A CHANGE is as good as holiday, but a three-month trip around the world doesn’t leave you with much change at all.
Back in the office, with a totally different perspective on things, everything seems calmer. Staff are more relaxed and seem more confident. Client queries seem like very minor specks on a snow topped mountain in the Alps and not the irritant they used to be.
Doctor’s orders to take some time away from things has certainly done the trick.
The Senior Manager who stepped in to the breach, together with the interim partner hired from a recruitment agency, have kept the ship afloat very well indeed.
I asked myself the question many times of course whilst travelling, do I want to be as involved as I used to be again, or do I want to take a step back and work less hours and have less stress?
Back in the familiar surroundings of the office the answer is a definite Yes! – to the former.
I am ready to throw myself back into it and take up the reins again. For all the moaning and complaining about clients and staff, I have realised that I love it too much to give it up, I would miss the day to day involvement with clients, miss training up good, young, enthusiastic staff and seeing them progress, and of course I would miss being The Practitioner.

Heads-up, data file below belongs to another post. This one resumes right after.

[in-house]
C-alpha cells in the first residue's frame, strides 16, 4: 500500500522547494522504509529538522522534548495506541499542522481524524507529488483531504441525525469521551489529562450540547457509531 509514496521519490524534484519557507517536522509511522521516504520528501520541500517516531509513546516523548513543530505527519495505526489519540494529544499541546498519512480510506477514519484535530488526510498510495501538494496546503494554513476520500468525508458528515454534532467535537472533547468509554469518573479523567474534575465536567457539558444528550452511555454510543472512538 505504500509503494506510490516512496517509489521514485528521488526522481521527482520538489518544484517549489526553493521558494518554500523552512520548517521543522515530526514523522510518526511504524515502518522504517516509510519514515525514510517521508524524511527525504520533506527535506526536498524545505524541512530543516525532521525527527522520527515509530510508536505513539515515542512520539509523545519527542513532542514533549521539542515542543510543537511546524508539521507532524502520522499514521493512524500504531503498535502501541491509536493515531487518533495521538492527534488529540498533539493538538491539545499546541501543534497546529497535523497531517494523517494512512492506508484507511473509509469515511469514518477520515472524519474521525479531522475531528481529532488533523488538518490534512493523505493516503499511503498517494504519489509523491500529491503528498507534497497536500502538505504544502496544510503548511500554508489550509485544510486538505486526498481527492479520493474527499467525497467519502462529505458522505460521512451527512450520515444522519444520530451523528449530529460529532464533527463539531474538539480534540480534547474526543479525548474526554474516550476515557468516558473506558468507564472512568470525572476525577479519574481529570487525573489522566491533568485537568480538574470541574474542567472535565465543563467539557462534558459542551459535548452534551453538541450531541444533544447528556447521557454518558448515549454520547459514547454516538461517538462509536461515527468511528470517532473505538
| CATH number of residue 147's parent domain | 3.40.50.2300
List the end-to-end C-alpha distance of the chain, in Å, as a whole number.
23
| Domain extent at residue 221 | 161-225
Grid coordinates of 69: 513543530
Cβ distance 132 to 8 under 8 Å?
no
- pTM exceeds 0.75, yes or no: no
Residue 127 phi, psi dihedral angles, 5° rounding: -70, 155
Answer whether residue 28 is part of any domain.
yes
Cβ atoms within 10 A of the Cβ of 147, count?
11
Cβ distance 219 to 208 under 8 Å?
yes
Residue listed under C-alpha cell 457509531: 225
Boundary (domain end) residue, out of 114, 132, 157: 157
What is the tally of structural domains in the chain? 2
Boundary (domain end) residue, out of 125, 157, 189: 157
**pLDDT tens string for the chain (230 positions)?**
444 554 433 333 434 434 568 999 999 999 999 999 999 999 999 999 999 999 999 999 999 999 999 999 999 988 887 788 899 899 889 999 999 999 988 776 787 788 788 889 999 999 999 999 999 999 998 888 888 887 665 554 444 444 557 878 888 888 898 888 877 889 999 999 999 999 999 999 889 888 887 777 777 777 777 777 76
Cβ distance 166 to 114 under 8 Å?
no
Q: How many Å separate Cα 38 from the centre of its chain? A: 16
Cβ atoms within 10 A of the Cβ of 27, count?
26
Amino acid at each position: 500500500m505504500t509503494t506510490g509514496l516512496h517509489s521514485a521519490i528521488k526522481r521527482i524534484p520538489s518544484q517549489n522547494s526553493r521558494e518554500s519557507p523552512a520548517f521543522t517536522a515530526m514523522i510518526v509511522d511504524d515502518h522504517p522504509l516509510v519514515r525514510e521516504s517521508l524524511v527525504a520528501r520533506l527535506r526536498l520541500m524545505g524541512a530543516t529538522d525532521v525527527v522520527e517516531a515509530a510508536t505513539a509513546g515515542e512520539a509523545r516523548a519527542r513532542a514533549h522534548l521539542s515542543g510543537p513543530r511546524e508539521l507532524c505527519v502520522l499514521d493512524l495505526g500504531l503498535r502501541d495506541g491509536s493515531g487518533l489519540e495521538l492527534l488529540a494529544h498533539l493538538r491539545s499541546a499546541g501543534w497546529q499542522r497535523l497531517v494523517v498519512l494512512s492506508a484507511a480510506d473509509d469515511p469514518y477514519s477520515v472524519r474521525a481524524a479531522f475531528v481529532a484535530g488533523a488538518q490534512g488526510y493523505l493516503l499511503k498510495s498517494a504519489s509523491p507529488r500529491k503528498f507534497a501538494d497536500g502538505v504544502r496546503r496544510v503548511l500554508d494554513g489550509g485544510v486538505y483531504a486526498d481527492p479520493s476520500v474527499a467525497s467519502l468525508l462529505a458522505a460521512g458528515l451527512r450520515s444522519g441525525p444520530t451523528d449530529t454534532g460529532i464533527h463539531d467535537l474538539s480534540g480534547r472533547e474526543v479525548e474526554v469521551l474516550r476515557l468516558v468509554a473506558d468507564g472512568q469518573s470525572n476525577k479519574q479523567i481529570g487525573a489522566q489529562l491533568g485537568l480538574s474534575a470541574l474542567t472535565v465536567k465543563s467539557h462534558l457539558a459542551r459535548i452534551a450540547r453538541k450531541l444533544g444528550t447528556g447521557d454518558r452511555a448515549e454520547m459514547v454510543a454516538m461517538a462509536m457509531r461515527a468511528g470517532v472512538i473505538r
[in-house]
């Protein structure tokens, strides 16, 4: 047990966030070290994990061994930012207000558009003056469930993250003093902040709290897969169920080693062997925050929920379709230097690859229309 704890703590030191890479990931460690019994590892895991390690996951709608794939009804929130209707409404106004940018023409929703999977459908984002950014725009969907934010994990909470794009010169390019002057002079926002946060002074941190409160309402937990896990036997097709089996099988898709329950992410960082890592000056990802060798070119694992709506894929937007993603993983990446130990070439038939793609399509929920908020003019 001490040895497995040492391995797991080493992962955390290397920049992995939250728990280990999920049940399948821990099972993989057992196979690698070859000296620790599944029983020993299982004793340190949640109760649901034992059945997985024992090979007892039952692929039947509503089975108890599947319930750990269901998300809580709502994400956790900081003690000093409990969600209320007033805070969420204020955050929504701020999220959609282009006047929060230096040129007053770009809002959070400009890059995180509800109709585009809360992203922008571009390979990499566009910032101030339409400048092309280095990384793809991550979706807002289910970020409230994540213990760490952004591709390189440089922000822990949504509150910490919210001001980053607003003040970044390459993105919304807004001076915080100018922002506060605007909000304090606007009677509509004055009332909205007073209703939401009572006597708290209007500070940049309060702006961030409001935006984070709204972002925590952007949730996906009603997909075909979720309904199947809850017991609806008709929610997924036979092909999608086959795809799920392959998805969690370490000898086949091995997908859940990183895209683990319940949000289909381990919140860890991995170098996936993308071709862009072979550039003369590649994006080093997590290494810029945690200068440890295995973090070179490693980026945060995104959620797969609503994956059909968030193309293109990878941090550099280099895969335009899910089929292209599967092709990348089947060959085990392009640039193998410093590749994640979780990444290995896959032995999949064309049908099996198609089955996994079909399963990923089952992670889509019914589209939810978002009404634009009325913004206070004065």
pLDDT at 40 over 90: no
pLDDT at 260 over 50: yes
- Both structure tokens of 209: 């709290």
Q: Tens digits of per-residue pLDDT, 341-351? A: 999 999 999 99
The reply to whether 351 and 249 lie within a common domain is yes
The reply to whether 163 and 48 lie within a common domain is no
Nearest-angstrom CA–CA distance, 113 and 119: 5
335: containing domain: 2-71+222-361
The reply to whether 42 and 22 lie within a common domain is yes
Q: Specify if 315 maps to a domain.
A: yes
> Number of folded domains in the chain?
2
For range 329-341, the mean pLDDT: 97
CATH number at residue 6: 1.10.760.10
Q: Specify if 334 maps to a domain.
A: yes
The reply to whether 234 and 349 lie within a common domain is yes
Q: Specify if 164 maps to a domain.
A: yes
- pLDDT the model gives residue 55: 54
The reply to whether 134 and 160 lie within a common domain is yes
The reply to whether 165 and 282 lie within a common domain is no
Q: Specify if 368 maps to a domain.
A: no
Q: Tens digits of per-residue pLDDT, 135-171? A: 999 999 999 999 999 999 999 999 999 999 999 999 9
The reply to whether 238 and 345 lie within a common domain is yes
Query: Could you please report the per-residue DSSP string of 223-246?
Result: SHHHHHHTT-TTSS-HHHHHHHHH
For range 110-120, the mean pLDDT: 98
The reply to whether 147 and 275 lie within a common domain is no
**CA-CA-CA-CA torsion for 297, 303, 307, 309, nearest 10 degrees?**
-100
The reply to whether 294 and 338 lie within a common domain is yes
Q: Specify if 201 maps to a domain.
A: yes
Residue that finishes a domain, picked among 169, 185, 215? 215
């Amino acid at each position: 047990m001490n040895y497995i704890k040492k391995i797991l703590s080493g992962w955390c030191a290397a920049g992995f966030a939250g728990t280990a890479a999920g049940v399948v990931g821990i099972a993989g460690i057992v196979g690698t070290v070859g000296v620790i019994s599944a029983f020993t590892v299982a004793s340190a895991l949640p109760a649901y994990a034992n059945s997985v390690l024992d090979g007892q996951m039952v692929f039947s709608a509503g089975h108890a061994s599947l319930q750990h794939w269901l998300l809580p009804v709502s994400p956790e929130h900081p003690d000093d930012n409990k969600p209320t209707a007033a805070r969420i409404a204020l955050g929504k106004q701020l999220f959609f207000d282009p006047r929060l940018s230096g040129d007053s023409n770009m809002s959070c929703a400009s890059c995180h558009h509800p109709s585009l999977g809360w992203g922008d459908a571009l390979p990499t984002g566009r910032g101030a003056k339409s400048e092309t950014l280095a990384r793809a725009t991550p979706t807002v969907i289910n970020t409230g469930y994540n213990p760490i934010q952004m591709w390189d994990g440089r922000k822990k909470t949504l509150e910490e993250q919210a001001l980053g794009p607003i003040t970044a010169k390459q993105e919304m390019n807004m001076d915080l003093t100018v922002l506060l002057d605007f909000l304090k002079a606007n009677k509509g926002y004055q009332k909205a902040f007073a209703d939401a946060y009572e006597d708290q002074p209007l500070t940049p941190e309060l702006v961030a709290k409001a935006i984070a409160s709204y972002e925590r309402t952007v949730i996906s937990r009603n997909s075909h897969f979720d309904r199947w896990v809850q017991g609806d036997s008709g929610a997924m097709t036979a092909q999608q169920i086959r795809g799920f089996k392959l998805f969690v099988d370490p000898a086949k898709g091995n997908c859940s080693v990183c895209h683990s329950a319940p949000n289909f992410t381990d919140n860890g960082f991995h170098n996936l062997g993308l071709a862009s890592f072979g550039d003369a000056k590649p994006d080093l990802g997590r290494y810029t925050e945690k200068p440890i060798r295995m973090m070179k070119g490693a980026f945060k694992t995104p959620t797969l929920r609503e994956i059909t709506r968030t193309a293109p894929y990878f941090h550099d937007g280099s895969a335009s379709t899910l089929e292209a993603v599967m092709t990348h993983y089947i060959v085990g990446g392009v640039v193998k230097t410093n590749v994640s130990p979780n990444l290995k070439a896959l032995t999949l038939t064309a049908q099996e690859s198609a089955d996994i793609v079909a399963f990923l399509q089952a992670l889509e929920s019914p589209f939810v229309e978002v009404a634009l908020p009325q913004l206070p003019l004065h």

I obviously kept myself up to speed with emails and newsletters while away, and still had contact with key clients. It’s a wonderful thing this internet isn’t it??
In my first week back one of the first things I did was dismiss a member of staff. No probation, no written warnings, no notice period. I did pay her holiday pay and a full months salary however. I’m not totally unreasonable.
I became sure she had to go by checking my emails from the team while on my travels. It became apparent that she was slacking from her duties, upsetting clients by making mistakes and not delivering on deadlines, and just by showing a general lack of care.
The worst thing for me was that she never said sorry. Not once.
We all mistakes, but it is how we react to them that counts. I say sorry a couple of times a week at least.
I’m not sorry I’m back though and I’m certainly not sorry she has gone.
The Practitioner’s uncensored thoughts come from within their own practice – having left a regional firm in the heart of England
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